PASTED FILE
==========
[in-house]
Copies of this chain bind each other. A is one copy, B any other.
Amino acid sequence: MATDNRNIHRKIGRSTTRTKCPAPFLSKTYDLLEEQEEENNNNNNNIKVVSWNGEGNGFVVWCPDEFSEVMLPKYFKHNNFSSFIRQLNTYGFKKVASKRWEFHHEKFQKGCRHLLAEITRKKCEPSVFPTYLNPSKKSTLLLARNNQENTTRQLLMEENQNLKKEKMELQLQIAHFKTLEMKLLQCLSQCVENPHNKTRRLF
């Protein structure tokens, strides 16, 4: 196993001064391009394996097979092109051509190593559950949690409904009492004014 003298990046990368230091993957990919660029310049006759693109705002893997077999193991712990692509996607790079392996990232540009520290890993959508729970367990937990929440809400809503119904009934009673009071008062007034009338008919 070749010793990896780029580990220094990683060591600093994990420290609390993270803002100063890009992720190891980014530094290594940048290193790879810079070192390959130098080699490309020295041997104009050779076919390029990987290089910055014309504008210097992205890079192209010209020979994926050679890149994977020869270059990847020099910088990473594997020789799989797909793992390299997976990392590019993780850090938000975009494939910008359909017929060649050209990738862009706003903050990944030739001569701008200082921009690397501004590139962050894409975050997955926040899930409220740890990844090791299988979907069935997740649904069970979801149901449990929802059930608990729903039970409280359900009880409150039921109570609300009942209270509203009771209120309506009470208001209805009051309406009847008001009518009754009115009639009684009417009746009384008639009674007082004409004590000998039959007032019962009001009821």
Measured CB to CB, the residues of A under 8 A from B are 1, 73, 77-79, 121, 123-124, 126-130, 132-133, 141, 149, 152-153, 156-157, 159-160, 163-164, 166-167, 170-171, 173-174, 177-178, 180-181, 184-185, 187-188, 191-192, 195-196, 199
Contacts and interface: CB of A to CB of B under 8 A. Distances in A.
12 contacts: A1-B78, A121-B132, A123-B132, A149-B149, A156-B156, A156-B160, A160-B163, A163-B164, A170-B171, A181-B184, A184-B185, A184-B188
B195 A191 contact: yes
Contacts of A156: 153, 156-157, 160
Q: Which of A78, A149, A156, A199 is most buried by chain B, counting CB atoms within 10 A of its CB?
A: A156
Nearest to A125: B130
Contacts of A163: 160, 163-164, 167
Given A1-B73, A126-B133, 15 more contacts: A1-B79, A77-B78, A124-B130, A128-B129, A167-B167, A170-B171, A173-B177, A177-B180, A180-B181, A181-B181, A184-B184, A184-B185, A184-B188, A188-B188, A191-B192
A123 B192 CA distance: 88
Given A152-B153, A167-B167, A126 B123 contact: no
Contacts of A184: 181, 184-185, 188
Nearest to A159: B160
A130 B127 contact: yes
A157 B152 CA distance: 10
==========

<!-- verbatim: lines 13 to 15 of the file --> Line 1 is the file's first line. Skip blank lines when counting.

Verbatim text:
Contacts of A163: 160, 163-164, 167
Given A1-B73, A126-B133, 15 more contacts: A1-B79, A77-B78, A124-B130, A128-B129, A167-B167, A170-B171, A173-B177, A177-B180, A180-B181, A181-B181, A184-B184, A184-B185, A184-B188, A188-B188, A191-B192
A123 B192 CA distance: 88